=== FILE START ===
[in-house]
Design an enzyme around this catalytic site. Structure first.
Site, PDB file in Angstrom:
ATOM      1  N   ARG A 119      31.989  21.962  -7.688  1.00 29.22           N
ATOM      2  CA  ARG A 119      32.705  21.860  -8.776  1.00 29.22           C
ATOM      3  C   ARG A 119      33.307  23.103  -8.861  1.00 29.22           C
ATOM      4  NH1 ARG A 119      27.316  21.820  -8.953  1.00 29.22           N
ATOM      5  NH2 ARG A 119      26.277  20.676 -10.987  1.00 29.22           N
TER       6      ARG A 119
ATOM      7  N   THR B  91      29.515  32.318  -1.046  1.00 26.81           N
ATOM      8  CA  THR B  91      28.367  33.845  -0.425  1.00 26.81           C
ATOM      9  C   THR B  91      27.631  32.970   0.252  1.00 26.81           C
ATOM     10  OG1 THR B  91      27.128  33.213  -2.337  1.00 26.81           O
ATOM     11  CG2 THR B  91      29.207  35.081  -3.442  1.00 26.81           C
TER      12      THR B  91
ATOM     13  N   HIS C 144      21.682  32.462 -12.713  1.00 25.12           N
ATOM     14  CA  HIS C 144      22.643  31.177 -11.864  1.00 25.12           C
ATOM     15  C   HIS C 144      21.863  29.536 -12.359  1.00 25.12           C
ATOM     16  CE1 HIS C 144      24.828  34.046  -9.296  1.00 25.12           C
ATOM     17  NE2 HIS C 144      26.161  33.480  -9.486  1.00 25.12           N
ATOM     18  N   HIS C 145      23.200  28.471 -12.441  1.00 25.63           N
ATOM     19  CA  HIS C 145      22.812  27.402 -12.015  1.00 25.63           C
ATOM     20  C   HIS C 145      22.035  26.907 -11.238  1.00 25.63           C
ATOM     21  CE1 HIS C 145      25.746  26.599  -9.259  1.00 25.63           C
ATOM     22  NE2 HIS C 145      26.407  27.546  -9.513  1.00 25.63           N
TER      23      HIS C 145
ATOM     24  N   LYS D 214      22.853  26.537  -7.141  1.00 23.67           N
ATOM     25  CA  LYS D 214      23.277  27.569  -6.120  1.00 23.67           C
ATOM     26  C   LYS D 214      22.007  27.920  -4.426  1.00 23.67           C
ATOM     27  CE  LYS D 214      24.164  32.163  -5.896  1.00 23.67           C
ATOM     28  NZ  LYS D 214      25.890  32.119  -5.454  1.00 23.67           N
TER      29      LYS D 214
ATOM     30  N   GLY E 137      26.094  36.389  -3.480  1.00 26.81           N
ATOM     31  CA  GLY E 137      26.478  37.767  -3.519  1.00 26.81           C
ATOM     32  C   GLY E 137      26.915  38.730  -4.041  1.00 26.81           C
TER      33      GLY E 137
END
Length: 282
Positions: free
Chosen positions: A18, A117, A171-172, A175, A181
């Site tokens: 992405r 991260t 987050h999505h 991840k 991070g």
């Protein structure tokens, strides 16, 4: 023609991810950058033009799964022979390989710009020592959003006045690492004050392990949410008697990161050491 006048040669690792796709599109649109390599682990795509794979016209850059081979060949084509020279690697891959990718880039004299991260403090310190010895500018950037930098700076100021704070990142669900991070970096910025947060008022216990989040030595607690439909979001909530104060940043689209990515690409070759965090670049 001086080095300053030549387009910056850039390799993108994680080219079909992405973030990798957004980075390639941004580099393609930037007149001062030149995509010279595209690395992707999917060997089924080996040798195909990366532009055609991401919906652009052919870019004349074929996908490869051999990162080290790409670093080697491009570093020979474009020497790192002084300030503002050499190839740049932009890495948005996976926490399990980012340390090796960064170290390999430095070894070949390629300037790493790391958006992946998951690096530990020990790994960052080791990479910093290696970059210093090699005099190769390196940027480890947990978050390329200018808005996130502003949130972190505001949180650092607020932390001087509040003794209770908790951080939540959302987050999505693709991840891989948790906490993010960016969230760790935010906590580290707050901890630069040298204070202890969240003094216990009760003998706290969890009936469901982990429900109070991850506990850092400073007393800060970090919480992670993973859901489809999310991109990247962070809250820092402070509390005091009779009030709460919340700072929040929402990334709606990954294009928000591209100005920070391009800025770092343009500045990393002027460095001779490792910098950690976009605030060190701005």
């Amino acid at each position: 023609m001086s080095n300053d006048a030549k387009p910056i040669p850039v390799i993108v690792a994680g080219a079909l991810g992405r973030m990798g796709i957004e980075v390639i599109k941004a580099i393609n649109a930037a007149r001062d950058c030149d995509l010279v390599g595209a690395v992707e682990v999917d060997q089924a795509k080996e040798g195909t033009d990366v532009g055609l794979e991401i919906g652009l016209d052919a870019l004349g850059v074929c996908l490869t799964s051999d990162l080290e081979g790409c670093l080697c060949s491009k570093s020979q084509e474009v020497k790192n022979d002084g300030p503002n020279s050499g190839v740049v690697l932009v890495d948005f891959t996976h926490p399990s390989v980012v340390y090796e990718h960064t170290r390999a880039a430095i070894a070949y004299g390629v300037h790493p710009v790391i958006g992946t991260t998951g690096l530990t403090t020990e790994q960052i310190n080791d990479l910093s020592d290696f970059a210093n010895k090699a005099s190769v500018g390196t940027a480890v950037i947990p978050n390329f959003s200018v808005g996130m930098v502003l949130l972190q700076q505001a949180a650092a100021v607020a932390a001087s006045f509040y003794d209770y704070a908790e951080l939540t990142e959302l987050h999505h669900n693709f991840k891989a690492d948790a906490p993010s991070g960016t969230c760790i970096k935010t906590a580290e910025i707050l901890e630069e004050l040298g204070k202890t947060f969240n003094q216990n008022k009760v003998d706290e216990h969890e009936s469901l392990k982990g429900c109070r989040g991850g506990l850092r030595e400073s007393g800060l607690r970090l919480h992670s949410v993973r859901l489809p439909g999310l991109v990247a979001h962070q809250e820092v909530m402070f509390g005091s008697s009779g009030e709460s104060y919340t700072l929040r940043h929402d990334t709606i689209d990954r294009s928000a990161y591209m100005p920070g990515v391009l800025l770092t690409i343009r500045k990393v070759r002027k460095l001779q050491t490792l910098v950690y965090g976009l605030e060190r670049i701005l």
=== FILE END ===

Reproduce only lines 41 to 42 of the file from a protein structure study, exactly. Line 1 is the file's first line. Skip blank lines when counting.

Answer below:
């Site tokens: 992405r 991260t 987050h999505h 991840k 991070g």
């Protein structure tokens, strides 16, 4: 023609991810950058033009799964022979390989710009020592959003006045690492004050392990949410008697990161050491 006048040669690792796709599109649109390599682990795509794979016209850059081979060949084509020279690697891959990718880039004299991260403090310190010895500018950037930098700076100021704070990142669900991070970096910025947060008022216990989040030595607690439909979001909530104060940043689209990515690409070759965090670049 001086080095300053030549387009910056850039390799993108994680080219079909992405973030990798957004980075390639941004580099393609930037007149001062030149995509010279595209690395992707999917060997089924080996040798195909990366532009055609991401919906652009052919870019004349074929996908490869051999990162080290790409670093080697491009570093020979474009020497790192002084300030503002050499190839740049932009890495948005996976926490399990980012340390090796960064170290390999430095070894070949390629300037790493790391958006992946998951690096530990020990790994960052080791990479910093290696970059210093090699005099190769390196940027480890947990978050390329200018808005996130502003949130972190505001949180650092607020932390001087509040003794209770908790951080939540959302987050999505693709991840891989948790906490993010960016969230760790935010906590580290707050901890630069040298204070202890969240003094216990009760003998706290969890009936469901982990429900109070991850506990850092400073007393800060970090919480992670993973859901489809999310991109990247962070809250820092402070509390005091009779009030709460919340700072929040929402990334709606990954294009928000591209100005920070391009800025770092343009500045990393002027460095001779490792910098950690976009605030060190701005």